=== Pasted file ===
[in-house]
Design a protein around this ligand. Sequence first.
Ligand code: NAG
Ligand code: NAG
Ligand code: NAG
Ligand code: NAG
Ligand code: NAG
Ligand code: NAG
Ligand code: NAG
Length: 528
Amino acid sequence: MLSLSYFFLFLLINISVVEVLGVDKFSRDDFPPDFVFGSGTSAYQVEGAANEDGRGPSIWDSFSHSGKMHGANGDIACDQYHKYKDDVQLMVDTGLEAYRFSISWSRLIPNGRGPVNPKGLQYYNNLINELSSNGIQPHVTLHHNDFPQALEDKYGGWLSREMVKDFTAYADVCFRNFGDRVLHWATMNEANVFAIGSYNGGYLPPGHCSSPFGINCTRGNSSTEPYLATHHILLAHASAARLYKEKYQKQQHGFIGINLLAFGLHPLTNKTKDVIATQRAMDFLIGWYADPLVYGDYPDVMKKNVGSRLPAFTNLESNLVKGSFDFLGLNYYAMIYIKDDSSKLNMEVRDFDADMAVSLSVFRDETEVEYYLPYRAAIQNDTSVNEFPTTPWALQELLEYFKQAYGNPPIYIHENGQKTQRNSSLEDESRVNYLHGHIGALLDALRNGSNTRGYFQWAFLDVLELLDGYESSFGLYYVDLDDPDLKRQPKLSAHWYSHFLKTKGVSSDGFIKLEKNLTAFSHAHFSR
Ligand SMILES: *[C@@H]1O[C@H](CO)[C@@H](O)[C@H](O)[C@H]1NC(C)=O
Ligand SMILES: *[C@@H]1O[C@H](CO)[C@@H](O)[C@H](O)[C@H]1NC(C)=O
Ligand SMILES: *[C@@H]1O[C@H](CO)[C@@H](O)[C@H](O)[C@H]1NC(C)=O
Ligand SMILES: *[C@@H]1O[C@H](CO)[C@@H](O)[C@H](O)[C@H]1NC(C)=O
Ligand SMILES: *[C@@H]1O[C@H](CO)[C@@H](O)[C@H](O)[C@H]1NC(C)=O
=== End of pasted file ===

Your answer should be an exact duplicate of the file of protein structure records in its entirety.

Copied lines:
[in-house]
Design a protein around this ligand. Sequence first.
Ligand code: NAG
Ligand code: NAG
Ligand code: NAG
Ligand code: NAG
Ligand code: NAG
Ligand code: NAG
Ligand code: NAG
Length: 528
Amino acid sequence: MLSLSYFFLFLLINISVVEVLGVDKFSRDDFPPDFVFGSGTSAYQVEGAANEDGRGPSIWDSFSHSGKMHGANGDIACDQYHKYKDDVQLMVDTGLEAYRFSISWSRLIPNGRGPVNPKGLQYYNNLINELSSNGIQPHVTLHHNDFPQALEDKYGGWLSREMVKDFTAYADVCFRNFGDRVLHWATMNEANVFAIGSYNGGYLPPGHCSSPFGINCTRGNSSTEPYLATHHILLAHASAARLYKEKYQKQQHGFIGINLLAFGLHPLTNKTKDVIATQRAMDFLIGWYADPLVYGDYPDVMKKNVGSRLPAFTNLESNLVKGSFDFLGLNYYAMIYIKDDSSKLNMEVRDFDADMAVSLSVFRDETEVEYYLPYRAAIQNDTSVNEFPTTPWALQELLEYFKQAYGNPPIYIHENGQKTQRNSSLEDESRVNYLHGHIGALLDALRNGSNTRGYFQWAFLDVLELLDGYESSFGLYYVDLDDPDLKRQPKLSAHWYSHFLKTKGVSSDGFIKLEKNLTAFSHAHFSR
Ligand SMILES: *[C@@H]1O[C@H](CO)[C@@H](O)[C@H](O)[C@H]1NC(C)=O
Ligand SMILES: *[C@@H]1O[C@H](CO)[C@@H](O)[C@H](O)[C@H]1NC(C)=O
Ligand SMILES: *[C@@H]1O[C@H](CO)[C@@H](O)[C@H](O)[C@H]1NC(C)=O
Ligand SMILES: *[C@@H]1O[C@H](CO)[C@@H](O)[C@H](O)[C@H]1NC(C)=O
Ligand SMILES: *[C@@H]1O[C@H](CO)[C@@H](O)[C@H](O)[C@H]1NC(C)=O